lumbar or lumbosacral source of symptoms. AR 421. Dr.
O'Toole reported Dr. Martin's statement that she felt
the prognosis was excellent. She recommended application of
cold several times a day to the peroneal head region,
physical therapy with local iontophoresis and dorsiflexion
strengthening, and weaning from the ankle brace, which Webb
had already done. Webb still complained of painful cramping,
pain level 5-6/10. She took Bupropion. AR 421. Her blood
pressure was 146/100, and she had palpable cramping in the
calf, with reports of tenderness to palpation and
pins-and-needles sensation after compressing the lateral
lower leg just inferior to the fibular head. AR 421-22. She
had persistent 5- strength for great toe extension and ankle
plantar flexion. AR 422. Dr. O'Toole referred her to PT
and prescribed topical Gabapentin to apply around the fibular
head 3-4 times daily. AR 422.
August 23, 2012, Mr. Braunlin reported what Webb told him.
She had had continued pain and paresthesia and left leg and
cramping. She saw Dr. Martin. Since taking off her ankle
brace "per Dr. Martin, " she has improved. Her pain
and cramping were less. She was having only three cramping
episodes per days and was able to walk more. Paresthesias
continued in her left lateral shin. AR 419. Objectively her
gait was much less antalgic, and she went down stairs with
improved dorsiflexion with weight bearing. This was still
painful, however. She was able to heel walk with slightly
less dorsiflexion on the left compared to the right. She was
able to go up on her toes, although it was very weak and she
put more pressure on her right foot. She continued to have
tenderness with passive ROM in the left ankle, especially
dorsiflexion. AR 419. Mr. Braunlin designed a home exercise
program and she demonstrated the calf-stretching exercises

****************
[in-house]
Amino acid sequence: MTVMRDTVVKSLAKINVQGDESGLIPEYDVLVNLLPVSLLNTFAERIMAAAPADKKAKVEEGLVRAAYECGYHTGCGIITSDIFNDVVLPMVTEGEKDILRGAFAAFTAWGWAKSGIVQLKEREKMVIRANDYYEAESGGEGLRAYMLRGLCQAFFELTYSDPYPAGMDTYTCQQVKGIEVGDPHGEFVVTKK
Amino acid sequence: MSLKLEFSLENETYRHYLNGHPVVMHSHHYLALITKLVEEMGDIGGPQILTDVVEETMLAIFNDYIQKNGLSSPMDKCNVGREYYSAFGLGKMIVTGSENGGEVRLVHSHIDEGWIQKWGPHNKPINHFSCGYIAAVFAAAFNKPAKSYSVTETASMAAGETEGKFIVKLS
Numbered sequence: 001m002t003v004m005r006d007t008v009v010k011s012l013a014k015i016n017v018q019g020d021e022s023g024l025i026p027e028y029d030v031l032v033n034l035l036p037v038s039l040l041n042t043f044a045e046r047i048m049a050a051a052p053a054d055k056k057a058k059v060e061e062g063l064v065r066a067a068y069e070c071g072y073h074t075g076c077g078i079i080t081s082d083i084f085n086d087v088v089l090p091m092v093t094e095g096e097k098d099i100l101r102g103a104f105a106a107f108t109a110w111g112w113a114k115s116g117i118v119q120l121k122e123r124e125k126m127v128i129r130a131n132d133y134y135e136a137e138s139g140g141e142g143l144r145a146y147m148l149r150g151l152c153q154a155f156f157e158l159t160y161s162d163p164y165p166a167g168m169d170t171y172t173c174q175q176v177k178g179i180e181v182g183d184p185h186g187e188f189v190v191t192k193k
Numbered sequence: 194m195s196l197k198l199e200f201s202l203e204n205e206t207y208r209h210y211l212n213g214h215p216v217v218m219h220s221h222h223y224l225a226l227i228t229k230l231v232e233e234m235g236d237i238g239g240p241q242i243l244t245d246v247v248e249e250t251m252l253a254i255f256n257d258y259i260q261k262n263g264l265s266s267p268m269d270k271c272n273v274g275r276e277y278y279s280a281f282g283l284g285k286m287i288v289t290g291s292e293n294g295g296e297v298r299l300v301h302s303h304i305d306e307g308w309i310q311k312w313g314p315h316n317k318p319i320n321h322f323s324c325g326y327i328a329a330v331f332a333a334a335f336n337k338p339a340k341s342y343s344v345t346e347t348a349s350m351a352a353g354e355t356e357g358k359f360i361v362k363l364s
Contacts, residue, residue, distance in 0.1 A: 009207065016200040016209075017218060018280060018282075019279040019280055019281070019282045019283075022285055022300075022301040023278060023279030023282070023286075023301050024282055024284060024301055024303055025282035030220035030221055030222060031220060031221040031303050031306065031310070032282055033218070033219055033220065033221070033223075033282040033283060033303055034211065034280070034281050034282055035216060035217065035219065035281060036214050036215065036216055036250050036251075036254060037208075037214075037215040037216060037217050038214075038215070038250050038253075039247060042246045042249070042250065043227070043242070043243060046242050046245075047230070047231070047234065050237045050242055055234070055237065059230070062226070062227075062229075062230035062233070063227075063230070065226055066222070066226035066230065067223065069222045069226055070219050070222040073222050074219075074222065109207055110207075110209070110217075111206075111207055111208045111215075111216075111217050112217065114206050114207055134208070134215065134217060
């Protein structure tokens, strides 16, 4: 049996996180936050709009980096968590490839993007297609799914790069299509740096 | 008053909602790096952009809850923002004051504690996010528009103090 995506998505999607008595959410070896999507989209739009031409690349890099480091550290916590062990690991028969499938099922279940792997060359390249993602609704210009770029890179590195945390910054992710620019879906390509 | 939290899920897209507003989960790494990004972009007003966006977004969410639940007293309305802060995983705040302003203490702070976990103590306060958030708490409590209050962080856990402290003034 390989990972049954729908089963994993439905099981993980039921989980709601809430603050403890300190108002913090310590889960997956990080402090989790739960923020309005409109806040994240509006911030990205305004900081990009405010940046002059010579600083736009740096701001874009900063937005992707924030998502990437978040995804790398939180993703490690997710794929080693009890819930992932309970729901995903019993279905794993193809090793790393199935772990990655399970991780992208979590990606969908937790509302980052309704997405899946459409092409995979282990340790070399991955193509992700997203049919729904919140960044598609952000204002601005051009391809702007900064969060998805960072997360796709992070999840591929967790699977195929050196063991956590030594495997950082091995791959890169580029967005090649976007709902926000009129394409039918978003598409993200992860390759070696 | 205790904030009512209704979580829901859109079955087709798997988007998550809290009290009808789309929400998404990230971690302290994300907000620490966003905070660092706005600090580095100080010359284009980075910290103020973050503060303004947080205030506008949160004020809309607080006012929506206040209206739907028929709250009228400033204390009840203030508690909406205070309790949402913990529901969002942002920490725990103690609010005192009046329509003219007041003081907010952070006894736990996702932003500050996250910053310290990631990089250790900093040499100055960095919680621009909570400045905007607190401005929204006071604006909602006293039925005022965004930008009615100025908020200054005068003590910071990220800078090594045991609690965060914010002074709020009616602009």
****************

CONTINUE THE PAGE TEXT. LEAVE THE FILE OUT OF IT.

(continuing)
well, although she had 50 percent loss of range of motion
when demonstrating these. AR 419-20. "We will continue
to focus on [balance], although I recognize she has a Chiari
I malformation and will never have perfect balance." AR
420. Assessment was improved pain, improved function,
positive nerve conduction/EMG testing per Dr. Martin. AR 420.
Mr. Braunlin prescribed particular stretches and icing and
said that Webb would be seen weekly for three more weeks. AR
August 28, 2012, Dr. Jackson completed a report of Workers
Compensation injury identifying June 13, 2011, as the date of
a left ankle injury. AR 393.
August 30, 2012, Dr. O'Toole wrote a "closing note
impairment rating." He stated that working status was
restricted. AR 415. Webb noted improvement from discontinuing
ankle brace. AR 416. He reported the August 7 specific
electrodiagnostic test results. AR 415.
exam, Webb's blood pressure was 152/84, pulse 96, and
pain level 4½/10. AR 416. Gait was nonantalgic. She
had difficulty descending stairs. She had an area of
decreased sensation over the lateral malleolus. She had 4
great toe extension and dorsiflexion strength. Heel walk was